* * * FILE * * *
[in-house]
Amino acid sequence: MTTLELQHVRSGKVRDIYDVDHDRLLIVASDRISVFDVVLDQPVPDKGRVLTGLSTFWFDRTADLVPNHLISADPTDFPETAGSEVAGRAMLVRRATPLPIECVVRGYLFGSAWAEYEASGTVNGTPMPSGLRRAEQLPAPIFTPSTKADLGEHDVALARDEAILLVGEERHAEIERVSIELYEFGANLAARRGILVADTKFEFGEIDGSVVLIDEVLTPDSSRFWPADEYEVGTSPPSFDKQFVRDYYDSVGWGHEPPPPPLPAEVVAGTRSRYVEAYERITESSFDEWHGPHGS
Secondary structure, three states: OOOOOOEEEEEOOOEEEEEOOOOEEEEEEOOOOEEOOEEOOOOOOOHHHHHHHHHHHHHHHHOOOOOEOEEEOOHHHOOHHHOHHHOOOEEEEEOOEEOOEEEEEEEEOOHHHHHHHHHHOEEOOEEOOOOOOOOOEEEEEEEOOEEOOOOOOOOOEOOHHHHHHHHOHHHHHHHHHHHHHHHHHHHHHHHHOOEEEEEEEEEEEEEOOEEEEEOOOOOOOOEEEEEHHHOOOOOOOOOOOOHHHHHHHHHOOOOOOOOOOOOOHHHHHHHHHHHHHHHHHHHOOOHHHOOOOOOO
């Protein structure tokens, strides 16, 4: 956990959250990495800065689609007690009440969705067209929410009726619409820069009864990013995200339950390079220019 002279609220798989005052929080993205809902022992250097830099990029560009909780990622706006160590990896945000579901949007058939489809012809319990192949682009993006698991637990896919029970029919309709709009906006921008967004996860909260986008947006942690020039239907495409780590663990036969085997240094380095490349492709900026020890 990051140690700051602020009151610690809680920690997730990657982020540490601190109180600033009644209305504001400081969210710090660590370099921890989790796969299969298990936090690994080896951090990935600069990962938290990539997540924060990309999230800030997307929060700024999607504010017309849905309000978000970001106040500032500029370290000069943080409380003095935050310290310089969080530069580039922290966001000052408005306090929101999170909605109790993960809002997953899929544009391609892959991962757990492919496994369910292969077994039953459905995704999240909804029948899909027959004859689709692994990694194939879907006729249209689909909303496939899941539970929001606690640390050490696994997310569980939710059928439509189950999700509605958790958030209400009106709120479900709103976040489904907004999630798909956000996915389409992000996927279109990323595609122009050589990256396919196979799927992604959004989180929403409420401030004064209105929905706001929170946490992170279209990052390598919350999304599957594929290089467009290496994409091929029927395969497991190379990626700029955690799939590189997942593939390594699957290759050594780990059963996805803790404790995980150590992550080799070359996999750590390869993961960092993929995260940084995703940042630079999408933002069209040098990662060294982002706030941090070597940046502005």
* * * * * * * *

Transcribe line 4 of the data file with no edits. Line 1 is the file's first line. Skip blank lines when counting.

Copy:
């Protein structure tokens, strides 16, 4: 956990959250990495800065689609007690009440969705067209929410009726619409820069009864990013995200339950390079220019 002279609220798989005052929080993205809902022992250097830099990029560009909780990622706006160590990896945000579901949007058939489809012809319990192949682009993006698991637990896919029970029919309709709009906006921008967004996860909260986008947006942690020039239907495409780590663990036969085997240094380095490349492709900026020890 990051140690700051602020009151610690809680920690997730990657982020540490601190109180600033009644209305504001400081969210710090660590370099921890989790796969299969298990936090690994080896951090990935600069990962938290990539997540924060990309999230800030997307929060700024999607504010017309849905309000978000970001106040500032500029370290000069943080409380003095935050310290310089969080530069580039922290966001000052408005306090929101999170909605109790993960809002997953899929544009391609892959991962757990492919496994369910292969077994039953459905995704999240909804029948899909027959004859689709692994990694194939879907006729249209689909909303496939899941539970929001606690640390050490696994997310569980939710059928439509189950999700509605958790958030209400009106709120479900709103976040489904907004999630798909956000996915389409992000996927279109990323595609122009050589990256396919196979799927992604959004989180929403409420401030004064209105929905706001929170946490992170279209990052390598919350999304599957594929290089467009290496994409091929029927395969497991190379990626700029955690799939590189997942593939390594699957290759050594780990059963996805803790404790995980150590992550080799070359996999750590390869993961960092993929995260940084995703940042630079999408933002069209040098990662060294982002706030941090070597940046502005």